Watch science and art in action in these award-winning microscopic videos

By Sean Greene

Sometimes there’s a fine line between science and art.

Nikon Instruments recently unveiled the winners of its annual Small World in Motion contest, a microscopic videography competition that highlights the beautiful and strange sights of an often unseen world.

This year’s top winners, Elizabeth Haynes and Jiaye "Henry" He of the University of Wisconsin-Madison, captured a time-lapse video of a zebrafish nervous system as it developed over 16 hours. The entire thing was condensed into a 40-second clip.

“When we first saw the video, it was jaw-dropping,” He and Haynes recalled in an email. “Many things have to go right to get a movie this beautiful.”

You can watch all five of the winning videos below.

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1st place: A zebrafish embryo develops over 16 hours

Elizabeth Haynes and Jiaye “Henry” He, University of Wisconsin-Madison

You’re watching the creeping, crawling development of a zebrafish embryo’s nervous system. The tail extends across the screen; its head is down on the right.

Two neurons in the spinal cord are forming a sensory network to talk to the brain. They soon branch out throughout the body.

“These axons grow incredibly long distances and establish complex, beautiful architectures,” Haynes and He said.

A third neuron, the peripheral axon, slowly reaches from the head to the tail. This will allow the fish’s skin to sense touch.

The embryo is 1 millimeter in length. The smallest offshoot of a neuron is mere nanometers in diameter.

By watching how the zebrafish’s nervous system develops, the researchers hope to better understand the genes that code for a mysterious neuronal highway system, called the kinesin light chain. This system carries cargo across the cell.

Researchers have linked defects in these genes with neurodegenerative disorders such as Alzheimer’s.

2nd place: A laser light show through a film of soap

Miguel Bandres and Anatoly Patsyk, Technion–Israel Institute of Technology

This is what the shimmering rainbow of a soap bubble looks like up close.

Miguel Bandres wanted to study light behaving in “a totally unusual new way.” So he zapped a microscopic layer of soap with a laser.

The result, as he describes it, is a swirling “river flowing through a landscape of mountains.”

“So far, visually, this is the most beautiful research I have done,” Bandres said.

The soap layer is less than 1 micrometer thick (for reference, that’s about 50 times smaller than the thickness of a human hair). Slight variations in the soap membrane cause the light to bounce, deflect and spread out across the surface, creating a microscopic light show.

“I hope [viewers] can relax or meditate when they see the video,” Bandres said. “You can see the video several times, and each time you will find something new and interesting.”

3rd place: A bristle worm tries to flee the light

Rafael Martin-Ledo, Conserjeria Educacion Gobierno de Cantabria, Spain

The light of the microscope interrupts this strange translucent worm as it digests its latest meal.

The worm may look like it’s dancing, but it’s trying to escape the light by wiggling its namesake bristles and protrusions.

This is a common sight for Rafael Martin-Ledo, who studies zooplankton in Spain’s Bay of Santander. He shares his microscopic observations on his Twitter feed, @rmartinledo, and on his website.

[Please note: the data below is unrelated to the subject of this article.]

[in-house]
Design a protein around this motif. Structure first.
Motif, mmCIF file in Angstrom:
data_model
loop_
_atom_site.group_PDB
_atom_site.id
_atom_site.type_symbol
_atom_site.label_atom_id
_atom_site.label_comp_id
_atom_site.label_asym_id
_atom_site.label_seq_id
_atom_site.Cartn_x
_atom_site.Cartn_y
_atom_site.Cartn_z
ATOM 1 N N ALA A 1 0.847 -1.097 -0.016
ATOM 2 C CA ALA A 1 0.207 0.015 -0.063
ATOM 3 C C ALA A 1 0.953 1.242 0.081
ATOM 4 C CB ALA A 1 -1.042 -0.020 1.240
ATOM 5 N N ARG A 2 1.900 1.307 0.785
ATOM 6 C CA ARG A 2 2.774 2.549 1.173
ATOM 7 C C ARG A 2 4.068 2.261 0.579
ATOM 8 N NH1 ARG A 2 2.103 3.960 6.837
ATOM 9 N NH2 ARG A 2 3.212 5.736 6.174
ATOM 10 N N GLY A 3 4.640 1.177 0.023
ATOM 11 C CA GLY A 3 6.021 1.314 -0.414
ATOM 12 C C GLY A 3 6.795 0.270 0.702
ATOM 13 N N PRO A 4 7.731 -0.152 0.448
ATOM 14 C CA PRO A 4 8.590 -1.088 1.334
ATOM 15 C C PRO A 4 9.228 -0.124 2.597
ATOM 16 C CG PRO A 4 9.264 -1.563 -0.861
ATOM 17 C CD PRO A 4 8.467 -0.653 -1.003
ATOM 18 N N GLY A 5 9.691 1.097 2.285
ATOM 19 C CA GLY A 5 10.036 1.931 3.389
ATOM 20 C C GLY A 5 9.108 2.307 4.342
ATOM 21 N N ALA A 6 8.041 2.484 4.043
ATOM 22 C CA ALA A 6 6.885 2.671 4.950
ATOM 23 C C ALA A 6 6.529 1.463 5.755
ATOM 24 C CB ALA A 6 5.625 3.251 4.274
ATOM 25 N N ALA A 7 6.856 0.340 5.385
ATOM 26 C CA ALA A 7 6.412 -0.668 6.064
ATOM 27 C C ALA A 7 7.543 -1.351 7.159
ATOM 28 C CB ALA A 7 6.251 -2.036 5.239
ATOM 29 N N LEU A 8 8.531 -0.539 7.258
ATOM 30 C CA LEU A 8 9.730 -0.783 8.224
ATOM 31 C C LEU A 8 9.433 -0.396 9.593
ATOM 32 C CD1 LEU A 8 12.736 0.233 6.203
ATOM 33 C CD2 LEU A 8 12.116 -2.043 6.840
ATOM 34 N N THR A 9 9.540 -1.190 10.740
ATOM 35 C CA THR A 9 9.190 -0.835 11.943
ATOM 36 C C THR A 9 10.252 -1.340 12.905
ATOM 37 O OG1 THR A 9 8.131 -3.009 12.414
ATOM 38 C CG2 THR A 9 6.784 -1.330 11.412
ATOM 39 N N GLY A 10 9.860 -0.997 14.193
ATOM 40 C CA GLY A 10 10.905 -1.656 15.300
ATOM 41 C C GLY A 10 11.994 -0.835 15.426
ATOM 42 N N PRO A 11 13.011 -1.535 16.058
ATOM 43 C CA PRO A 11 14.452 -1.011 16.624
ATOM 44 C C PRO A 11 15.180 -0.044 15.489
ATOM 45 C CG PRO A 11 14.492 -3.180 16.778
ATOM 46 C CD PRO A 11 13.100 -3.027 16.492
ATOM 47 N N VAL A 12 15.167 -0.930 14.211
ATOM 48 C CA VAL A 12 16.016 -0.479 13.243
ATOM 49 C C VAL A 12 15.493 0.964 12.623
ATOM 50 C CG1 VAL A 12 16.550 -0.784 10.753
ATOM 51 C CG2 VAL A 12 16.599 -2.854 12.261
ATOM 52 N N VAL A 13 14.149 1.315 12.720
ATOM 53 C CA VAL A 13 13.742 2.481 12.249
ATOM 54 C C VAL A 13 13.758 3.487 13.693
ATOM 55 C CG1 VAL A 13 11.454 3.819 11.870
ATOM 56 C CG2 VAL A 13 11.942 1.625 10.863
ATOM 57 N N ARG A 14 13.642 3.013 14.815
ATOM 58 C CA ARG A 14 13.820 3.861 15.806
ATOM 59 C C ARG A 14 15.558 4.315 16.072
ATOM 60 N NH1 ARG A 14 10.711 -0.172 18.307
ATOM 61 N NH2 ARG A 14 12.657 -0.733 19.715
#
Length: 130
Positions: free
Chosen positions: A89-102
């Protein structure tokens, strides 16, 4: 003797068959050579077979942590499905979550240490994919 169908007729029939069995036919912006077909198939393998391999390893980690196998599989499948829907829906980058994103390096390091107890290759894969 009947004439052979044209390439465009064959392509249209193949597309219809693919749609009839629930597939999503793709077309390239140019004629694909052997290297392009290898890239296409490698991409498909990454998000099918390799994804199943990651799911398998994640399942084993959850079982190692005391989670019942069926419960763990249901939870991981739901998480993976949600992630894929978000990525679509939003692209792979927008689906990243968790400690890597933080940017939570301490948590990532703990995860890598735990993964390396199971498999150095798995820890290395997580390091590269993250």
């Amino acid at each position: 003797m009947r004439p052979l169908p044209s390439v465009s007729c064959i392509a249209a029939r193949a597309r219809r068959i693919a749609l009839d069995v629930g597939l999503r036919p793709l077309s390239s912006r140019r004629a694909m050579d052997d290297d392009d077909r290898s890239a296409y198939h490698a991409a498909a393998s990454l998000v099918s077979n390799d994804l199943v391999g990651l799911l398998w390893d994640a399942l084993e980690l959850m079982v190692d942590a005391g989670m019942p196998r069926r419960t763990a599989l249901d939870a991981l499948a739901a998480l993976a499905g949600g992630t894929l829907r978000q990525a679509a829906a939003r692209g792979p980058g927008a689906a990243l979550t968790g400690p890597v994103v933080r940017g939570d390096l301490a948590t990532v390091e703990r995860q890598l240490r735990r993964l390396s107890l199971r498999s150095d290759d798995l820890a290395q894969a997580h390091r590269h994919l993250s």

This larval bristle worm is 2.5 millimeters long. It’s seen here under 20 and 40 magnification.

The video shows the worm’s hairlike appendages interacting with its internal organs, which Martin-Ledo noted could be a subject of future study. For now, we can just marvel at its movements, which he calls seemingly “incomprehensible.”

“At the same time,” he writes, “when we see its eyes, we can wonder who observes whom.”

4th place: A water flea gives birth

Wim van Egmond, Micropolitan Museum in Berkel en Rodenrijs, Netherlands

“A bit of pond water is enough to fill a museum,” writes photographer and artist Wim van Egmond.

Van Egmond takes “portraits” of microorganisms, such as this tiny crustacean Daphniaz. He found it in a pond near his home in the Netherlands.

“I like to portray microorganisms like you would portray a person,” he writes.

The birth of a water flea, so named because the creature resembles an insect when it swims, is something everyone can relate to, he adds.

“What I hope is that the viewer becomes interested in these organisms and doesn't see them as something grotesque or scary but as something familiar,” Van Egmond said. Microorganisms “give you a different view on life, also your own life.”

5th place: A mouse’s white blood cell ripples into action

Jia Chao Wang, National Institutes of Health in Bethesda, Md.

This white blood cell just detected danger.

When a B cell like this one recognizes threats like bacteria, viruses and dust, its cytoskeleton begins to ripple as it reorganizes itself. It’s preparing to release antibodies.

The cell itself is only about 4 or 5 micrometers in diameter. The “super-resolution” imaging technique behind this video allows researchers to see details they previously didn’t know existed, Wang said.

White blood cells don’t act alone. Usually, another kind of immune system cell grabs invading pathogens until the B cells arrive and bind to it. The intricate architecture and symmetry of the cell during this immune activation process astounded the researchers.

“This was really cool and we wanted to share it with the world so that others can appreciate just how elegantly complex a tiny cell can be,” Wang said.